The ex-mayor’s largest contribution, $10,000, came from Taylor Fresh Foods. A related entity, Taylor Fresh Farms, just opened its headquarters building in downtown Salinas and is reported to have purchased several other buildings downtown with plans to renovate. While he was mayor, Donohue pressed for a downtown makeover. Expect him to criticize Parker for supporting a county decision to buy an office building on the outskirts and move some county workers outside the city center.

Parker’s largest contribution in the first half of the year, $20,000, came from Nancy Burnett, who is the mother of Carmel Mayor Jason Burnett and daughter of computer baron David Packard.

Parker received $10,500 from Brigitte Wasserman of Carmel, $9,748 from Constance Murray of Carmel Valley, $6,500 from Edwina Bent of Monterey, $6,000 from the Babcock Family Trust, $5,250 from Shirley Devol of Carmel Valley and Gordon Kauhenen of Union, Wash., $2,500 from Lisa Hoivik of Monterey and numerous smaller contributions.

While Parker’s district covers Marina, Seaside and a portion of Salinas, she receives considerable support from elsewhere because of her reputation as the lone progressive on the five-member board. She is routinely on the losing side of major development issues.

She did receive some significant contributions from ag interests, picking up $5,000 from Dennis Caprara of R.C. Farms and $5,000 more from Sea Mist Farms of Castroville.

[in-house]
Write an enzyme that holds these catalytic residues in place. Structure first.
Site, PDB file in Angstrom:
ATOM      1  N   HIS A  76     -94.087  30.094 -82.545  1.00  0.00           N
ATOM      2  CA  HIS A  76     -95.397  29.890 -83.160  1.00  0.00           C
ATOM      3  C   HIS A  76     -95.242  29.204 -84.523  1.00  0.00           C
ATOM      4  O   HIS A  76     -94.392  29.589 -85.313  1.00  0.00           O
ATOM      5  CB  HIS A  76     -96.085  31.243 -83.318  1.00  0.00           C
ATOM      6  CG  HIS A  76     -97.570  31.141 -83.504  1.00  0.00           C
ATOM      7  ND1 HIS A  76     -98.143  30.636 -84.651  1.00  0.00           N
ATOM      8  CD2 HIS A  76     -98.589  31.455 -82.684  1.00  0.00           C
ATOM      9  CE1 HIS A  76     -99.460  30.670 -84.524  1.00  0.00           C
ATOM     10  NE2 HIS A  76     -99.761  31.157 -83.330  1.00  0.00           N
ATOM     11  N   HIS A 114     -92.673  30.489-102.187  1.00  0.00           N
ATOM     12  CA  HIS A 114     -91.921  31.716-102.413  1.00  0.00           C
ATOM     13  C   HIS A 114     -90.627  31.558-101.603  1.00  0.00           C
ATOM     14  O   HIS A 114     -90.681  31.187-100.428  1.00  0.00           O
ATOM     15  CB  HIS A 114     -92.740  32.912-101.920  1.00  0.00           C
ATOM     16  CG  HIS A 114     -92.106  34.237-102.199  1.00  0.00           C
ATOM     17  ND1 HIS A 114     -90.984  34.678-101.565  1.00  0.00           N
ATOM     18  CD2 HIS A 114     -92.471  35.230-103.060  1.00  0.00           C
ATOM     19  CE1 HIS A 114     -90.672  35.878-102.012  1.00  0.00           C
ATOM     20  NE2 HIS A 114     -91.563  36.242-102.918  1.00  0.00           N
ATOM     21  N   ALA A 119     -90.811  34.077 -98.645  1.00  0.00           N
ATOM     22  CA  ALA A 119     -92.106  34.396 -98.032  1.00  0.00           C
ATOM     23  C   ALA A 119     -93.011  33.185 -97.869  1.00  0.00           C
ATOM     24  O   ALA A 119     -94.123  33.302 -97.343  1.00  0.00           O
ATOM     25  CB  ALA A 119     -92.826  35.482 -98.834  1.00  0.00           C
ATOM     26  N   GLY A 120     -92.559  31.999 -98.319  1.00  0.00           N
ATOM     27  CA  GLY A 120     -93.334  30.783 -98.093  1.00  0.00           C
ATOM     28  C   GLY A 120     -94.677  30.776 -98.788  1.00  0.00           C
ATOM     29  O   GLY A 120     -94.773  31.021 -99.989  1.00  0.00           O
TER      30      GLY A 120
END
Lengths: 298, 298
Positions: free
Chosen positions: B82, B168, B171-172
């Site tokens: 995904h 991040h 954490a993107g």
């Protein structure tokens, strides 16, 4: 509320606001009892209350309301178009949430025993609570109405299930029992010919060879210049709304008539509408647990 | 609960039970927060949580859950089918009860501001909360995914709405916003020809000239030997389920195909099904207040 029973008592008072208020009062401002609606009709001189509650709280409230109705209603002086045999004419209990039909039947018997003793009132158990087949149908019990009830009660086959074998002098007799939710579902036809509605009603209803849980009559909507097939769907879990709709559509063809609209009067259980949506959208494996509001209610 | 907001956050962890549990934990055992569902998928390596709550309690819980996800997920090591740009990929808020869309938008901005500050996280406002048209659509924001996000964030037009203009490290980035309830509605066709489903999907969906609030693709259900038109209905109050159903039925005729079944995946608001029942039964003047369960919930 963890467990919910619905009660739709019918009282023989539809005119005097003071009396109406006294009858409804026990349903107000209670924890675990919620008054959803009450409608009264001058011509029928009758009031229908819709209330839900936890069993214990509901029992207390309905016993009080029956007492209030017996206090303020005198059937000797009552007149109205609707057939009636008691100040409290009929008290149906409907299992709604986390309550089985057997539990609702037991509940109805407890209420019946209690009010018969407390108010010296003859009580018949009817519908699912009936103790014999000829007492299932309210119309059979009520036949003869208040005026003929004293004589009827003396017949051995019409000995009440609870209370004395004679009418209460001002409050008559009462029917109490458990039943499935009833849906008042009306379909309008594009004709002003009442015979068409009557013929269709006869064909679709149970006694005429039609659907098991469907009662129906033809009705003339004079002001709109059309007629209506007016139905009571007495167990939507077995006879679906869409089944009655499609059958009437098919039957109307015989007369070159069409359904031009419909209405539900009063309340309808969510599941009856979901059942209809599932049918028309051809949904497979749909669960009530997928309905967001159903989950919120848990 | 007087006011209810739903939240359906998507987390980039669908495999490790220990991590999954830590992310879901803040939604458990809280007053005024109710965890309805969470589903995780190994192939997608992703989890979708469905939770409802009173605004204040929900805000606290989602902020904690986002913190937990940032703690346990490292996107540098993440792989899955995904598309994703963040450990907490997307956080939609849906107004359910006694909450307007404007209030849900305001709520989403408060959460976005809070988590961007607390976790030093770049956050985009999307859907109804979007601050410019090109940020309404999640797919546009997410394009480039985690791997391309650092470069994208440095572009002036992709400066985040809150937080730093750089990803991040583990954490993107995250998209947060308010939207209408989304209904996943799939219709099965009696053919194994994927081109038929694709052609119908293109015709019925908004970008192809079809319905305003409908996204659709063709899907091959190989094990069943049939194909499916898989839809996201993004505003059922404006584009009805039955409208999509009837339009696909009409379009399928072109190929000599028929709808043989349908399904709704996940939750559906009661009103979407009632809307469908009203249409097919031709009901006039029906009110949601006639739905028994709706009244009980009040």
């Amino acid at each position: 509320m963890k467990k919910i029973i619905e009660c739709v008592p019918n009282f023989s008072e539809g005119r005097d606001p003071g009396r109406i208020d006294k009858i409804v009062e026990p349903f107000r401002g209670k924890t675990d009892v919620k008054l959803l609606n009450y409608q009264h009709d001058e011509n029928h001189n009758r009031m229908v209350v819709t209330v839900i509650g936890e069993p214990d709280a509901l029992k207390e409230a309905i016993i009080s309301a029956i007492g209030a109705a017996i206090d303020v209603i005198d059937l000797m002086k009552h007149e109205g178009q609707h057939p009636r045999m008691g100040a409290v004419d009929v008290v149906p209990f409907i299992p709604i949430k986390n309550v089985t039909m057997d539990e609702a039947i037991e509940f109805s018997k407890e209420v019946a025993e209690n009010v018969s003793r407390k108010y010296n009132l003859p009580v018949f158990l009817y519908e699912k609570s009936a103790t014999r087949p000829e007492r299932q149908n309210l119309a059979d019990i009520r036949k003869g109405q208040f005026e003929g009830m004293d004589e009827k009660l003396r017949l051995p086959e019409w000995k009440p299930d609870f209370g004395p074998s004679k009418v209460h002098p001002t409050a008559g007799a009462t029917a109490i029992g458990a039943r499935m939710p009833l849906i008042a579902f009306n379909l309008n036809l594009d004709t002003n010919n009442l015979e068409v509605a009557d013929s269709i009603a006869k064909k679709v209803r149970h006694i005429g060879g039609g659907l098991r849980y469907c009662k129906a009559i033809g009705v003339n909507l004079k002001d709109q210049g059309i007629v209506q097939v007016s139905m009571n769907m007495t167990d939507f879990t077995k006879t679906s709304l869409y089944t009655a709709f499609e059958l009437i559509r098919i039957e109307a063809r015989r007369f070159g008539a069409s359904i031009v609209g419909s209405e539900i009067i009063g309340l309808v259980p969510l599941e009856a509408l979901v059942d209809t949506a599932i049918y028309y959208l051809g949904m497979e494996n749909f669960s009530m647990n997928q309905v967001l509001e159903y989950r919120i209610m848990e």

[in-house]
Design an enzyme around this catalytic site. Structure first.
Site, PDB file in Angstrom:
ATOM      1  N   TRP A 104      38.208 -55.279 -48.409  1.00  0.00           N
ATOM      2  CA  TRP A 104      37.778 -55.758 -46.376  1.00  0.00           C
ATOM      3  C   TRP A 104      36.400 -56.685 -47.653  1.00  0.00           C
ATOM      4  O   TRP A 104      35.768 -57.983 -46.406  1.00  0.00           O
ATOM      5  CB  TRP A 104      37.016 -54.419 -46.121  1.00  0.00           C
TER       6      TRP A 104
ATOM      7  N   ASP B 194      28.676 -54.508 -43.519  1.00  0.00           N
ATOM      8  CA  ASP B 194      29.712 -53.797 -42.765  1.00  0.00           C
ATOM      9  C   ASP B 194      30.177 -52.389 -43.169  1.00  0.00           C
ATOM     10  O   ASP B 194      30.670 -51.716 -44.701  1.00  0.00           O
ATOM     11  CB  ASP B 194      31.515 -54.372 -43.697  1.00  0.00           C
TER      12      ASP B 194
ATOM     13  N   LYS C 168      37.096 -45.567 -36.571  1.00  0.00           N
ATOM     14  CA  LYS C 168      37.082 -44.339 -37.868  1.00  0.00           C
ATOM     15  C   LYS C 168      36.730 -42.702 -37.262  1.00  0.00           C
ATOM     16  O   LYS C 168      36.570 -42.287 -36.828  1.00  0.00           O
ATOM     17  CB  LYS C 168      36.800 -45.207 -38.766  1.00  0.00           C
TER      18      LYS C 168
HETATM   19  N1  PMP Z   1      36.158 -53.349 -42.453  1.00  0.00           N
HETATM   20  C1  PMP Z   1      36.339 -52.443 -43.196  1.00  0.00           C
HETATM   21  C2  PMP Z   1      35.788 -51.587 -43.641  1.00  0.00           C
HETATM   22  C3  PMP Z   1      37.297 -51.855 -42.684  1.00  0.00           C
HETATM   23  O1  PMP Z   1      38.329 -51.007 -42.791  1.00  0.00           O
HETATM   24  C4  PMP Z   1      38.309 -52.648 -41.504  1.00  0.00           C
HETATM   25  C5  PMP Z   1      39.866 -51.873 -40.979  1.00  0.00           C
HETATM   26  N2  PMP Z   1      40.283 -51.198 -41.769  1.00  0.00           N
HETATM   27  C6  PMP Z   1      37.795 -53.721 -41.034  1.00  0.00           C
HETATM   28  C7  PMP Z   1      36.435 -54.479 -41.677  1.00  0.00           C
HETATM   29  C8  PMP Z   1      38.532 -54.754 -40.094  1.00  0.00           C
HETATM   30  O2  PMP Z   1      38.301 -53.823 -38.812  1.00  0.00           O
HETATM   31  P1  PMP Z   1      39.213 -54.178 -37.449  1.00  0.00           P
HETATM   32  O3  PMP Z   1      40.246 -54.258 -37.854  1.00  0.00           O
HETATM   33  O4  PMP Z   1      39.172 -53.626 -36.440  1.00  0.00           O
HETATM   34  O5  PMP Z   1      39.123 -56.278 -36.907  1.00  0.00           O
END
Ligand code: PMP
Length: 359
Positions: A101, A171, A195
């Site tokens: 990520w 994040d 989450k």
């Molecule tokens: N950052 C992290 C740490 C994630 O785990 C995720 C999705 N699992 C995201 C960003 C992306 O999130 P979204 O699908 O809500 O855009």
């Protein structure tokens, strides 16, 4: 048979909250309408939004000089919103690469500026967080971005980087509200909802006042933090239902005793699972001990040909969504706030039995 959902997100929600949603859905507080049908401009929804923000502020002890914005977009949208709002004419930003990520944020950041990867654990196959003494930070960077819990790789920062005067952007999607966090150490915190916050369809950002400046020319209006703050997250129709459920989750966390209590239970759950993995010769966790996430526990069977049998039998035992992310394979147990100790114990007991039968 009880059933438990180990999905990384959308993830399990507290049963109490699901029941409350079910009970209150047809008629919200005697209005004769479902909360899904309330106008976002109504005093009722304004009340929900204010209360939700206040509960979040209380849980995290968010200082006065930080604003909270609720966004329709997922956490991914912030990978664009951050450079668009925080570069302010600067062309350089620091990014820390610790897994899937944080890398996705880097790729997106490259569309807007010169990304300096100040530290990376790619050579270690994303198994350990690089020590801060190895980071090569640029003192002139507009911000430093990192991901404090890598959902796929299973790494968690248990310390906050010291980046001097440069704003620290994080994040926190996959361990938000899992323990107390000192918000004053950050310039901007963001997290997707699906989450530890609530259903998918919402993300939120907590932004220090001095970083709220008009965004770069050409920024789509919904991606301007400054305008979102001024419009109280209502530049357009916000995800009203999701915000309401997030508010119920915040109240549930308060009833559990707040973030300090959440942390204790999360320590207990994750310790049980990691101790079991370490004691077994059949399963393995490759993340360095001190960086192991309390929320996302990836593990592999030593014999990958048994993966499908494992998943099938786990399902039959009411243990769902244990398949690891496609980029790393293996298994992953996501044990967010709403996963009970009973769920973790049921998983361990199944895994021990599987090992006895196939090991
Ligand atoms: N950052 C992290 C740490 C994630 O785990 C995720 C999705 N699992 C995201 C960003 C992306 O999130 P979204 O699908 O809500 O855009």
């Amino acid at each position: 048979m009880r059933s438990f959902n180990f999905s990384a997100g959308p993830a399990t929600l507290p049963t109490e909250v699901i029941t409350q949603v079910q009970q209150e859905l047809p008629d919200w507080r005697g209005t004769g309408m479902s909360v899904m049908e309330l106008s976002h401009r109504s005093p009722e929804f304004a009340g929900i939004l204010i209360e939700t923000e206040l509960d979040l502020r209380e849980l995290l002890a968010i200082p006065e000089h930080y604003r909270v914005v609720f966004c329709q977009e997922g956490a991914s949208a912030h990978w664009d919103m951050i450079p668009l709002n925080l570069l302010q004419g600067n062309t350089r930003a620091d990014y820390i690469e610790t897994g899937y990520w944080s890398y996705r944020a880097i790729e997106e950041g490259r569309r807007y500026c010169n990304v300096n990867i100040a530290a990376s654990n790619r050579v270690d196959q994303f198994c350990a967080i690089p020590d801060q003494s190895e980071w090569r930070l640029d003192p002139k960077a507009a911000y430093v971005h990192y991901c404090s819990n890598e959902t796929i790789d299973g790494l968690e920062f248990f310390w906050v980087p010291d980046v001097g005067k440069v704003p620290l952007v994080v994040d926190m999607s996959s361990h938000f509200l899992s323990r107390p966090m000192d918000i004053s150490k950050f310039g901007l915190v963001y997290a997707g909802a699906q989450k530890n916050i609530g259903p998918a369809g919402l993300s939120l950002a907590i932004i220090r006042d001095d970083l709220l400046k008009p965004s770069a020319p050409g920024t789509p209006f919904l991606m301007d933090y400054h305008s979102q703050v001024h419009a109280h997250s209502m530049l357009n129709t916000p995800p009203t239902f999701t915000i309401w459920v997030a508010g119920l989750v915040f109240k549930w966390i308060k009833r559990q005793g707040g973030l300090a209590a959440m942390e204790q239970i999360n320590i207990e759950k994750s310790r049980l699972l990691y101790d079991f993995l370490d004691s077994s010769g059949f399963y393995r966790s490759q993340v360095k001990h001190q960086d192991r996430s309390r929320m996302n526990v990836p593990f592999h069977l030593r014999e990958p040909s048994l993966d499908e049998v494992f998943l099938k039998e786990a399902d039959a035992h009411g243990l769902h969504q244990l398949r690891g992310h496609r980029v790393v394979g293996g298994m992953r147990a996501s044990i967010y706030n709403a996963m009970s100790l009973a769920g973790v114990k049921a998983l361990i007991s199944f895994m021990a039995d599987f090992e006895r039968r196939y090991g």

In District 5, incumbent Dave Potter took in $54,000 in the first half of the year, and spent $21,000.

Potter is expected to receive a strong challenge from former United Way executive Mary Adams, who plans to announce her candidacy this fall. Former supervisor Marc Del Piero, who challenged Potter four years ago, also is believed to be considering another run. The district generally covers the Peninsula south of Seaside, Carmel Valley and much of the Highway 68 corridor.

Potter’s contributions came from several directions, including Pebble Beach homeowners, investors, and resort operators.

Potter played a key role in bringing the controversial Monterey Downs horse racing and development proposal to the Peninsula, but there were few obvious signs of support from the horse racing industry. He did pick up $1,000 from Chris Bardis, a key figure in the harness racing industry. Bardis once owned a share of the Los Alamitos racetrack and sat on the state racing commission. He reported receiving $1,000 from Double S.L. Ranch of Lafayette but little information is available about that entity.

Potter received $5,000 from Shanna Fineberg, an interior decorator from Dallas, and the same amount from venture capitalist Jon Q. Reynolds of Piedmont. He received $1,000 contributions from the owners of Quail Lodge, Carmel Valley Ranch, Bernardus Lodge, Folktale Winery and Old Fisherman’s Grotto.

Steve Foster, owner of the Lucky Strike chain of bowling alley/nightclub operations gave $2,000 and the Monterey County Hospitality Association gave $500.

One $1,000 contribution of interest came from Sanford Edward, whose large Dana Point Headlands project went before the Coastal Commission while Potter was a member. The highly controversial Orange County project was approved by the commission on a 7-5 vote with Potter on the dissenting side.

Potter received a contribution of $1,000 from cotton tycoon Sam Reeves, who is fighting an application by a Pebble Beach neighbor to enlarge his home, a decision that will be made by county officials.

In the other district with an election next year, District 1 in Salinas, incumbent Fernando Armenta and his expected challenger, Salinas City Councilman Tony Barrera, haven’t reported any contributions so far.